Defective autophagy and lysosomal dysfunction are the major emerging mechanisms ascribed to nanomaterial toxicity.25,40 This could be a collective result of several other combined toxic effects such as oxidative stress and inflammation induced by nanomaterials. Endocytosis of nanoparticles mostly ends up with lysosome internalization. The lysosomal acidic environment can be extremely hostile for most foreign materials engulfed, except the highly biopersistent nanoparticles such as AuNps.25 AuNps are well studied for their ability to activate autophagy, an intrinsic pathway to digest the damaged organelles and aberrant bodies inside the cells via lysosomal degradation. In this study, TANs were targeted against TROP2 and EsR receptors present on the surface of MCF7 cells. Generally, cellular ingestion of nanoparticles would increase the interaction of these moieties with cell organelles and induce ROS generation by several mechanisms.41 ROS generation will result in ER stress and mitochondrial damage and triggers an autophagic pathway for digesting damaged organelles and proteins. Interestingly, double-targeted AuNcgs become accumulated in lysosome and mitochondria after receptor-mediated endocytosis. TAN exerts severe stress against ER and mitochondria and induces autophagy. Internalization of TANs can induce autophagic pathway via a similar mechanism to digest ROS-damaged mitochondria and ER. However, the lysosomal impairment blocks the autophagic flux and leads to autophagic cell death by cytosolic acidification. Similarly, nanoparticle-generated ROS can depolarize the mitochondrial membrane to trigger mitochondria-mediated apoptosis.25 Hence ROS generation plays a crucial role in LMP, MMP and autophagy induction in cell death. We investigated the potential of TANs to induce the ROS generation and destabilization of the mitochondrial membrane by altering the membrane potential (ΔΨm). Induction of simultaneous LMP and MMP by TAN can be attributed to two of its major inclusions; AuNcgs21 and 4OHT.12 Solid AuNps have previously been demonstrated to impart stress over ER, mitochondria and lysosomes.48 Here, we have shown the ability of cellular and subcellular-targeted hollow AuNcgs to induce defective autophagy accompanied by massive LMP and MMP with subsequent apoptosis and necrosis leading to type I (apoptotic/necrotic) and/or type II cell death (autophagic cell death).25,53,54 Enhanced autophagic activity is generally correlated to metastatic potential and therapeutic resistance in several types of cancers.10 However, lysosomal dysfunction and associated toxicity culminating in defective autophagy can be positively steered to establish nanotherapeutic efficiency in cancer treatment. Drugs that act on cathepsins and induce partial or massive LMP are recently investigated as nanotechnological therapeutic targets.23 TAN as a single nanodepot holds a promising combination of adjuvant chemotherapeutic agent (4OHT), lysosomotropic agent (AuNcgs), MAb (Anti-TROP2 Ab) and an immunomodulating sulfated polysaccharide (MR) for dual targeted combination therapy of breast cancer. Specificity of TANs to TROP2+ breast cancer cells shows the potential of the TAN prototype nanoformulation as an exclusive hybrid nanoparticle for breast cancer targeting, irrespective of their expression of EsR, PR and HER.30,55 Our data suggest that tetravalent inclusions of TAN can lethally target the cancer cell and its subcellular entities leading to necrosis. These findings establish for the first time the possibilities of developing novel nanotherapeutic strategies for inducing several simultaneous killing mechanisms in cancer combination therapeutic strategies using chemically-modified multi-targeted AuNcgs. Future investigations are progressing to unveil the specificity of TAN for other cancers that express TROP2 receptors and the possible death mechanisms involved at the molecular level.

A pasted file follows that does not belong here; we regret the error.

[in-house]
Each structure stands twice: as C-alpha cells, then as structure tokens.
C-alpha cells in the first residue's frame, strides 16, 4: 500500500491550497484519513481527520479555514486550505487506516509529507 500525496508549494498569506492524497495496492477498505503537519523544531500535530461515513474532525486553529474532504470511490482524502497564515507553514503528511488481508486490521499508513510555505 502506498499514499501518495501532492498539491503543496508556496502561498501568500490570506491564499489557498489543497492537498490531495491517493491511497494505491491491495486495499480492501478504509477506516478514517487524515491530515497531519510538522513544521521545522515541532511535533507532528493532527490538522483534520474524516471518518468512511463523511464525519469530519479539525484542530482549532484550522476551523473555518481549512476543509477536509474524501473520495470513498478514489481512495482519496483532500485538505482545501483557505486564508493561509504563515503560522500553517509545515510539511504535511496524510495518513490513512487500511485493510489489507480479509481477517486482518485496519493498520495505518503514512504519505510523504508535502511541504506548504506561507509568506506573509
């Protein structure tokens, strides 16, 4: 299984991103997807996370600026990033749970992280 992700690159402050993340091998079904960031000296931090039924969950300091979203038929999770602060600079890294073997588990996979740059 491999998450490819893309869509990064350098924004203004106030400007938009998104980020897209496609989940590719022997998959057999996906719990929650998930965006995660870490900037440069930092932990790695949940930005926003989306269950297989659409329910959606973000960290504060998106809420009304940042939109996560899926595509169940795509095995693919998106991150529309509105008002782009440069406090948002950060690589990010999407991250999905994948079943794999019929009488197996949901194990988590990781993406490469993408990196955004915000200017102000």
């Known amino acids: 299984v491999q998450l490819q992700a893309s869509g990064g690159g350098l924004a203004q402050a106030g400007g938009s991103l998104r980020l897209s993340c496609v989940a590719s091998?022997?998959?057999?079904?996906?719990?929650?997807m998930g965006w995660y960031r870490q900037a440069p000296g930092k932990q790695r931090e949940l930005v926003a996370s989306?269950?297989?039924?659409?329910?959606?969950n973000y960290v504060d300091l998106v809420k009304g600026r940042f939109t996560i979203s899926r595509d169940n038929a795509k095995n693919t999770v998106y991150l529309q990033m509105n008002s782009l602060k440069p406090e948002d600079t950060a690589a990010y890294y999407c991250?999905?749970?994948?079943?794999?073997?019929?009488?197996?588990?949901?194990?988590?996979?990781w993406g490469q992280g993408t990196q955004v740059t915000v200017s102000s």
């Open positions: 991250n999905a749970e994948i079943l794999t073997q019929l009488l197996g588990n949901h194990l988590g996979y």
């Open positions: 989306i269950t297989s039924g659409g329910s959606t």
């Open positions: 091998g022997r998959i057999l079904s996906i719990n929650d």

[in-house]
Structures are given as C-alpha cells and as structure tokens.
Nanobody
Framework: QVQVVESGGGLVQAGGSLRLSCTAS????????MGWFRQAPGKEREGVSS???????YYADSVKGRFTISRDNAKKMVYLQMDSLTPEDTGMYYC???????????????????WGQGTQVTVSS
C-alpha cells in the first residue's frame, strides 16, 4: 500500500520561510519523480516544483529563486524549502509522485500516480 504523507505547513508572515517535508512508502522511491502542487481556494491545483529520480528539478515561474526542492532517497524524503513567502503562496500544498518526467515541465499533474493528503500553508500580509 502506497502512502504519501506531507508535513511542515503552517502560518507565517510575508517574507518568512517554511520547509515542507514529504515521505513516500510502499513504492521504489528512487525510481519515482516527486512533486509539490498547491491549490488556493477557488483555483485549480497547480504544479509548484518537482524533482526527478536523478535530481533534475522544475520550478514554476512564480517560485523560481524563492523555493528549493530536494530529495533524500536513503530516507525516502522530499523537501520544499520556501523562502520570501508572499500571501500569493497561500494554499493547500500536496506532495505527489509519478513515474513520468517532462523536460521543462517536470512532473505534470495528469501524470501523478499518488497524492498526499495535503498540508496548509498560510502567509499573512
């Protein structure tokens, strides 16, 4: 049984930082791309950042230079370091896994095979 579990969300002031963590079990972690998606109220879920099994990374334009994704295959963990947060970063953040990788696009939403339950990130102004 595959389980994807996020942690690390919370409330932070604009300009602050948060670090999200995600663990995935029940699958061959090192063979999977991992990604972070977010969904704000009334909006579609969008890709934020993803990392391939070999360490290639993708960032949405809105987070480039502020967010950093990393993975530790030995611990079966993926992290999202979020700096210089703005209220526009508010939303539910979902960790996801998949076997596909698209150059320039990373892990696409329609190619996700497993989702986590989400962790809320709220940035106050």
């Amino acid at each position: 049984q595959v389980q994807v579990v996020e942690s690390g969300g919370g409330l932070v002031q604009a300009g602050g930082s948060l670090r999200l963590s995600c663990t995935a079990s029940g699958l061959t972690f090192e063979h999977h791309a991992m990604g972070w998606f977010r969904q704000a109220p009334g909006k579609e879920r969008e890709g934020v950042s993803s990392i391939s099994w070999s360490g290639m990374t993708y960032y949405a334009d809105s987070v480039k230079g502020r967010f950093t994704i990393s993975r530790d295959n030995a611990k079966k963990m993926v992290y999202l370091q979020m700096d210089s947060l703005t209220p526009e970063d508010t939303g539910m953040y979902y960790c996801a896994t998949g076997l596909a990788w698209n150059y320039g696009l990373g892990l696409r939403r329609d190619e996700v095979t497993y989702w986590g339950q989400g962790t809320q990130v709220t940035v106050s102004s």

Author contributions

S. R., T. M., and D. S. K. conceived and designed the experiments. S. R., H. I., and K. K. performed the experiments. S. R., and A. S. performed the TEM tomography, tomographic reconstruction and 3D rendering. S. R., A. S., H. I., K. K., T. M., and D. S. K. analyzed the data. S. R., and D. S. K. wrote the paper.

Conflicts of interest

The authors declare no competing financial interests.

Acknowledgements

Authors would like to acknowledge their sincere gratitude to the Ministry of Education, Culture, Sports, Science and Technology (MEXT), Japan for the financial support under the Program of the Strategic Research Foundation at Private Universities S1101017, organized by the MEXT, Japan. Also, authors would like to acknowledge Mr Keiichi Hirakawa, Mr Haruyoshi Sato and Mr Keiichi Yanagisawa for their sincere help extended for ultra-microtomy, electron tomography and HRTEM studies, respectively.

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Footnotes

Electronic supplementary information (ESI) available: Materials and methods section. See DOI: 10.1039/c8na00222c
Present affiliation: Marie Sklodowska Curie Actions Individual Fellow, School of Pharmacy and Biomolecular Sciences, University of Brighton, Moulsecoomb, Lewes Road, Moulsecoomb, Brighton, BN2 4GJ, UK.